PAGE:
Irina and Tam’s journey
Irina Werning defines herself as a photojournalist. And not a very ordinary one, she is interested in telling stories with a light-hearted touch. She is not a denier, she says, but she likes to see the positive side of things, even if they are still problematic. She has a particular look with which she seeks to tell stories of people looking for other edges “because people can be many things simultaneously.”
This year, Irina was one of the winners of the World Press Photo in Latin America. The story with which she participated was The promise, which tells the story of Antonella, a 12-year-old girl who promised in the middle of the pandemic that she would only cut her hair when she returned to school. Now, Irina presents La Vueltita de Tam, the story of a young non-binary trans girl who travels to visit their family in Bolivia after two years of not doing so and starting her transit. This Pulitzer Center collaborate on the production of this story.
How did you meet Tam?
I met they in a videoclip, where they was a dancer, and I was a photographer. In the round, when we introduced ourselves, they said three sentences that left me frozen. She said, “I’m Tam trans dancer, not a binary; I transitioned to a non binary in Argentina in the last two years, and now in March, I’m going to my hometown in Bolivia for the first time since I transitioned. And I feel like a dissident. As soon as I heard those sentences, I said, “I’m going with them.”
Tam is one of those special characters you connect with in a second. I approached them and told them I wanted to go to Bolivia, they said yes and we embarked on this unknown adventure to return to Bolivia with this new identity or a new way of perceiving the genre.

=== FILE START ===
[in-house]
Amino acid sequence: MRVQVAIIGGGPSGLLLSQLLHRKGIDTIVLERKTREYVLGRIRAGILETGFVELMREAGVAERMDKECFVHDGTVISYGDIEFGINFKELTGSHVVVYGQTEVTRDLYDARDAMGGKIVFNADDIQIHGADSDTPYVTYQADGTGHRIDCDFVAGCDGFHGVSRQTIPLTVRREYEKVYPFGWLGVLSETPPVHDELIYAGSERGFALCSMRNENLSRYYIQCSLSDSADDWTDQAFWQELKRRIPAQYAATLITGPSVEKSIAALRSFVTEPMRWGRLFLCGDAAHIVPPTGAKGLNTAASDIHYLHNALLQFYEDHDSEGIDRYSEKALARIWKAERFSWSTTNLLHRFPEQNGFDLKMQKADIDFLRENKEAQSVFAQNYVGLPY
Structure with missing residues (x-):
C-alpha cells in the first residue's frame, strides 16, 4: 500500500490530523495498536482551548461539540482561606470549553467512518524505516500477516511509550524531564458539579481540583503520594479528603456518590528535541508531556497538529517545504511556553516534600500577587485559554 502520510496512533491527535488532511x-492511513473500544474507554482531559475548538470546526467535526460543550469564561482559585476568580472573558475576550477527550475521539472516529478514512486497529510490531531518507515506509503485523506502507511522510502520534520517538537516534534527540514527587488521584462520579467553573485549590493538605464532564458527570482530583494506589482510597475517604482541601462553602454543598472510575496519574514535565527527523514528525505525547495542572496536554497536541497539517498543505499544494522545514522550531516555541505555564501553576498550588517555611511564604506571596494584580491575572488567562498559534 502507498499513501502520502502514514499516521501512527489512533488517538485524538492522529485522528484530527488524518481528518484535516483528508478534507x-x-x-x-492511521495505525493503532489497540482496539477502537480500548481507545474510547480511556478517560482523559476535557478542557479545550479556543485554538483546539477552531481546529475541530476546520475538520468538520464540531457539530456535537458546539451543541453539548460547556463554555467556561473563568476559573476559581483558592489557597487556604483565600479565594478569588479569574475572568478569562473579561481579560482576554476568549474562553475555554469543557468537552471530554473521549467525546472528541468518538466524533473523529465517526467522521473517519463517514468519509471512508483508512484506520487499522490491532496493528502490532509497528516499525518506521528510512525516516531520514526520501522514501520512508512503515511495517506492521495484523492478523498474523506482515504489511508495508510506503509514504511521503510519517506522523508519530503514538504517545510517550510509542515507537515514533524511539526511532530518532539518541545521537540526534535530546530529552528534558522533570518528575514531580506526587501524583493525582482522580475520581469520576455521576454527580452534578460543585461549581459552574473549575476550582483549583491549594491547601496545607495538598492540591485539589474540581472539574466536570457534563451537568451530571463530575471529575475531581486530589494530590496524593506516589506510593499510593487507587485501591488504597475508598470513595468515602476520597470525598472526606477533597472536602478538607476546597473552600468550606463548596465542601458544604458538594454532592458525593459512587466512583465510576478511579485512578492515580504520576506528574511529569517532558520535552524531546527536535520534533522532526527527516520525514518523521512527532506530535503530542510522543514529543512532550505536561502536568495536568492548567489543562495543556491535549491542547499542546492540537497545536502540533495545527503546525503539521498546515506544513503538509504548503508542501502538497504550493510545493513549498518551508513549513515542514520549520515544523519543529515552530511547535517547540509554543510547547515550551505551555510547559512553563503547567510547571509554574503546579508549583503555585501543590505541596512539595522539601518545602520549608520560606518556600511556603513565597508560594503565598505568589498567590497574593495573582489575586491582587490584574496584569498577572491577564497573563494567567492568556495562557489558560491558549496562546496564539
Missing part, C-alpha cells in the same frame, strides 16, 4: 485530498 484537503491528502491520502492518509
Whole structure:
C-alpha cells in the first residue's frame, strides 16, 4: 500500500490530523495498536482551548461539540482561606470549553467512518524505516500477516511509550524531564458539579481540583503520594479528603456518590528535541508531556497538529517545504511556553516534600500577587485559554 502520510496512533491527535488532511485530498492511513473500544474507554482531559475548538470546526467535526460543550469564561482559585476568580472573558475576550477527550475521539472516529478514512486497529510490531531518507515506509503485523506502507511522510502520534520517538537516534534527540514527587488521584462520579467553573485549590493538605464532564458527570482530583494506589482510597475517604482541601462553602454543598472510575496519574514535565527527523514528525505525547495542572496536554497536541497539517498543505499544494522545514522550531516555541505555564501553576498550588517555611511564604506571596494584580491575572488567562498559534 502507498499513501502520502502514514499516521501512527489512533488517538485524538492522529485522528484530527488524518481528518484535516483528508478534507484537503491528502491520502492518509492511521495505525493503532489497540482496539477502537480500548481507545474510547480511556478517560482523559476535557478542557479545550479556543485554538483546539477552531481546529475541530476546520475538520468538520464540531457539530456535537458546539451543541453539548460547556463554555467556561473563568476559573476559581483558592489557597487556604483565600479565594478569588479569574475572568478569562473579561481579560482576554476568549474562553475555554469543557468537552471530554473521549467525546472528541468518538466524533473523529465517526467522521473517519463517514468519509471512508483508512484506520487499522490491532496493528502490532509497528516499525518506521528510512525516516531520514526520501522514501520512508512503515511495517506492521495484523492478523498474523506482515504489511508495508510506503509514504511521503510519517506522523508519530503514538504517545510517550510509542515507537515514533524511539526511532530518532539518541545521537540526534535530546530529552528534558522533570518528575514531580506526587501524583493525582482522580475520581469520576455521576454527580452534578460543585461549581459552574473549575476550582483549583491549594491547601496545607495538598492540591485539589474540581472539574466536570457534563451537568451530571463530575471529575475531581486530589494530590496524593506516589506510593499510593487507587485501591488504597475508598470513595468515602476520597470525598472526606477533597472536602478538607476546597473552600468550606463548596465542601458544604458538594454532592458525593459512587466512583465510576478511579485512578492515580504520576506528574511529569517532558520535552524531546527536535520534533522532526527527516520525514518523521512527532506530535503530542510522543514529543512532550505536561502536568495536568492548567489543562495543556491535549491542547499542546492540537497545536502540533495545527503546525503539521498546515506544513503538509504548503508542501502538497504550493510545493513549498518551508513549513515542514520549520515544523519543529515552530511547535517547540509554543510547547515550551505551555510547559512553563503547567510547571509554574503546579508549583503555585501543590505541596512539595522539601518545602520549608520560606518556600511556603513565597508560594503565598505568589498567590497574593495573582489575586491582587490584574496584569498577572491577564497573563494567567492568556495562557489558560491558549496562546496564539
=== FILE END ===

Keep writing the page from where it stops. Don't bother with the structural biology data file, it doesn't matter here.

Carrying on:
How did their family receive you in Bolivia?
The family is very open, but they struggle with pronouns. It is hard for them to understand some things because it is not only how Tam perceives themselves but how they wants to be perceived. The family is learning, just as I am from another generation, and I learned much about gender. Many people associate gender with sexuality, which has nothing to do with it. One thing goes one way, and another thing goes another way. That is constant teaching that generation gives to our generation.
And what did you learn?
I learned that non-binary gender is like a big umbrella of many ways of feeling or perceiving oneself, and each ONE is unique. I understood that gender and sexuality are separate things. It was fascinating the challenge of going to a very traditional society where many cultural values are rooted in past and ancestral stuff that do not contemplate these new forms.
Bolivia is very traditional, and how they perceive gender is also very traditional. From women, they expect certain things, and from men, they expect others. We decided to take all the photos in the street because the photographic look at the trans world is often like in their rooms and how they perceive themselves. Here, we were interested in seeing how society interacted with Tam or saw them and how Tam felt in that context. So most photos are taken on the street and with strangers or acquaintances interacting.
How did Tam feel about the photos? It’s intense to so much portrayed.
Tam is super creative and open to exploration, so they had a lot of fun, and we also tried to include things that had to do with their life and personality. So there was a lot of body expression because they is a dancer.
Did Tam return to Argentina after the trip?
Tam was visiting their family. They hadn’t been able to go because of the pandemic for two years. During that time, TAm started their transition: they cut and dyed their hair, changed how they dressed, changed their pronouns. It’s a transition without surgery or hormones. That is something I also learned because one always thinks that shifts have a medical connotation, but many trans people do not choose this path. There are other ways to do it, whether it’s the clothes, how you dress, the hair, how you want to be talked to, or the name you choose.
It’s a prejudice to think that trans people only make medical transitions and that transitioning is only to the opposite gender.